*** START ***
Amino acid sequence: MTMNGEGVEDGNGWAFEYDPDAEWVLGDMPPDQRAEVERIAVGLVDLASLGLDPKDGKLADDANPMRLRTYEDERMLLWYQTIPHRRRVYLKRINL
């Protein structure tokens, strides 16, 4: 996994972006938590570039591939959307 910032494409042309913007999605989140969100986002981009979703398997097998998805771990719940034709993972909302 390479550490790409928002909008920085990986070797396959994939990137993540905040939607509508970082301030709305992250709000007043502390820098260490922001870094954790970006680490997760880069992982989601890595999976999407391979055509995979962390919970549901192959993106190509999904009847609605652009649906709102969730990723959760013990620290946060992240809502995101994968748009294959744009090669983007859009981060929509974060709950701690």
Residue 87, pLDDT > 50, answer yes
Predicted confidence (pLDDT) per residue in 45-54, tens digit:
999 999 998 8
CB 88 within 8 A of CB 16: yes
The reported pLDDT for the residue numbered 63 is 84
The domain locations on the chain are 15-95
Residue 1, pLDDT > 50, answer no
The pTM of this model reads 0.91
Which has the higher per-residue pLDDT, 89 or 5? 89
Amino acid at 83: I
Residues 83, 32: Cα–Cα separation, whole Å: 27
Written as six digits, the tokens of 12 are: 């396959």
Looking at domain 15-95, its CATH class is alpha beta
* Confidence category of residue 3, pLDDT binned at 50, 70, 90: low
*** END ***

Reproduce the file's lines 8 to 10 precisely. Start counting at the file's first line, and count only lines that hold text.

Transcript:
The domain locations on the chain are 15-95
Residue 1, pLDDT > 50, answer no
The pTM of this model reads 0.91